Sugar gliders are tiny marsupials and are native to areas like Australia; however, in the exotic pet trade, they are trendy pets – likely because of their unique and sweet appearance. But their lifespan may be different when kept in captivity.
The lifespan of a sugar glider in the wild is usually around 10 to 12 years. However, when they are kept as pets, this lifespan can vary greatly; much of this will depend on the care they receive.
In this post, we will be looking at the lifespan of the adorable little sugar glider and some vital information on how to care for your pet correctly to ensure that they will live a long and healthy life.
What Is The Lifespan Of A Sugar Glider?
The sugar glider is potentially one of the cutest exotic animals that can be kept as a pet – although it is essential to remember that in some areas, it is not legal to domesticate these animals.
This is largely down to the fact that they are a protected species, although they have not yet made their way to being considered endangered.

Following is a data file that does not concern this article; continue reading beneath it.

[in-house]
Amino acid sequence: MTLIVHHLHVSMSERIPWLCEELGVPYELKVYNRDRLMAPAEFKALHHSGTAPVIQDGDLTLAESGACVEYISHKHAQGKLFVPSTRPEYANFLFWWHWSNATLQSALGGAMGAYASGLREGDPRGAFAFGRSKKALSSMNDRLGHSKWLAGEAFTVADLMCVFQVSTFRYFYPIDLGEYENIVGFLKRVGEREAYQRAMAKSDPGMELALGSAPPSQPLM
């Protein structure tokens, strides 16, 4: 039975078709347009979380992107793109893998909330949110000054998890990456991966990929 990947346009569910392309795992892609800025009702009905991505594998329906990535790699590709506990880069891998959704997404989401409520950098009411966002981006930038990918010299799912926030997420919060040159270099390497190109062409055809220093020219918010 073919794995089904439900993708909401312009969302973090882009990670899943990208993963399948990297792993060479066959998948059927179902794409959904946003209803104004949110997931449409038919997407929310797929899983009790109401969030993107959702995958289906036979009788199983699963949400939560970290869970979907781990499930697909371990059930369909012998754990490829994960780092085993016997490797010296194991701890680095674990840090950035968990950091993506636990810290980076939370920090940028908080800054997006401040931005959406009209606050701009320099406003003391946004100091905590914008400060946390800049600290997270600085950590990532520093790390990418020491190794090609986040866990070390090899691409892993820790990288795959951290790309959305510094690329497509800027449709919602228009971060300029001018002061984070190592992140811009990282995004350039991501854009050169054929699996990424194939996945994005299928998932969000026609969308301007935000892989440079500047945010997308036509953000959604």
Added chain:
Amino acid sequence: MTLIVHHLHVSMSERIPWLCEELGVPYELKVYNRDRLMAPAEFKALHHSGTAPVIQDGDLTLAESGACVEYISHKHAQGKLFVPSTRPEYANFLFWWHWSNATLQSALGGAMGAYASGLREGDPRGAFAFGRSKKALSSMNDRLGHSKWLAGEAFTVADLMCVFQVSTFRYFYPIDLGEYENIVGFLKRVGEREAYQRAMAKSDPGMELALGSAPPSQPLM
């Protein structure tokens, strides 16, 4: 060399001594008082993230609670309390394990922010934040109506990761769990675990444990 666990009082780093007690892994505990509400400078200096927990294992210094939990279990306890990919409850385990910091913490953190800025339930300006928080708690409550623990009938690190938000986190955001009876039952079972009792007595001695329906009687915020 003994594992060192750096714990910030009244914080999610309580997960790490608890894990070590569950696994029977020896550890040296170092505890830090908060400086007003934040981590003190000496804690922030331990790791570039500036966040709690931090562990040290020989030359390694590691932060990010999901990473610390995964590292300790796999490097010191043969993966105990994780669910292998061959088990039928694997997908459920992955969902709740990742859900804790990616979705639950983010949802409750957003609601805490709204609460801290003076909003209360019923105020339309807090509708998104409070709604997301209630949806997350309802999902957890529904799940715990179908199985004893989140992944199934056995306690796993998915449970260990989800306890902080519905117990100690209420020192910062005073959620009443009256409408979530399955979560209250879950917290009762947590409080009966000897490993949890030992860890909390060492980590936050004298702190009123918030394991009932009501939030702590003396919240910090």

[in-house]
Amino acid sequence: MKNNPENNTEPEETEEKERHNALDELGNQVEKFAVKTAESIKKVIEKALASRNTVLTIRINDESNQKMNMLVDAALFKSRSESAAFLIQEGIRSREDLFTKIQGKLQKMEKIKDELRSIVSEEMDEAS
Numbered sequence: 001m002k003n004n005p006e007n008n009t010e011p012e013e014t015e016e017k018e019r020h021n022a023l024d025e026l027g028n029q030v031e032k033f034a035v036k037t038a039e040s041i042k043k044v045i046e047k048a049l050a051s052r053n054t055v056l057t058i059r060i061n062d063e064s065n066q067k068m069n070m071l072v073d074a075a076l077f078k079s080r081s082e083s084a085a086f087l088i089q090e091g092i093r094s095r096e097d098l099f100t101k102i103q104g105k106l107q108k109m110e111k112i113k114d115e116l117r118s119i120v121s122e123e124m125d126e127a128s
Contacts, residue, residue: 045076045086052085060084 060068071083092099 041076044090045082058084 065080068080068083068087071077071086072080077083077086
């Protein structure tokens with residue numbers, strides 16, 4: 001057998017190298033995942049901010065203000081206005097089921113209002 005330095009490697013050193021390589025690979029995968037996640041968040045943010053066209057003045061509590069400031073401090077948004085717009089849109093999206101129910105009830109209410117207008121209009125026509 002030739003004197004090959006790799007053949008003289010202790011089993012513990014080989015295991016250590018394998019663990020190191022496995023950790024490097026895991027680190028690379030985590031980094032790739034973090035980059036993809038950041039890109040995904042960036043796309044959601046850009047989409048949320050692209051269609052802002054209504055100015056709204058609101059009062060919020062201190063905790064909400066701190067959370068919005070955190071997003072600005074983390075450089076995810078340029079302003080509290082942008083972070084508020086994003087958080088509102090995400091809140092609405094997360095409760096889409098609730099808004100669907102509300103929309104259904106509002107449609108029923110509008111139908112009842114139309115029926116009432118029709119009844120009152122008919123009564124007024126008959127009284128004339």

These incredible creatures will live in the wild for ten to twelve years. However, this will assume that they are not preyed on by other animals. There are many common predators of the sugar glider, including snakes, kookaburras, foxes, and lizards, to name a few.
That being said, the sugar glider can glide, as its name suggests, so it is far more easily able to avoid becoming dinner for a tree snake than other animals.
In contrast, when sugar gliders are kept in captivity, their lifespan may be significantly shorter, but this vastly depends on their care. If you look after your sugar glider, there is no reason why he should not live a relatively long and healthy life.
There are several reports of sugar gliders exceeding their wild lifespan and living to around 15 years old when they receive exceptional care. It is vital to remember that taking on a pet like this will require dedicated care and attention.
Unfortunately, far too many horror stories of sugar gliders end prematurely because of incorrect care.
Your young sugar glider will likely be active and develop rather quickly. It is known that these animals can sometimes reach sexual maturity at four months of age, although it is usually slightly later in most cases.
Domestic pets like cats and dogs are not usually considered geriatric until around eight, although this will depend on the breed.
In contrast, your sugar glider will be seen to have reached old age at as young as five years old and anywhere up to age seven.
Their care and behavior may change as they age, but they remain loving and intelligent pets.
Get To Know The Sugar Glider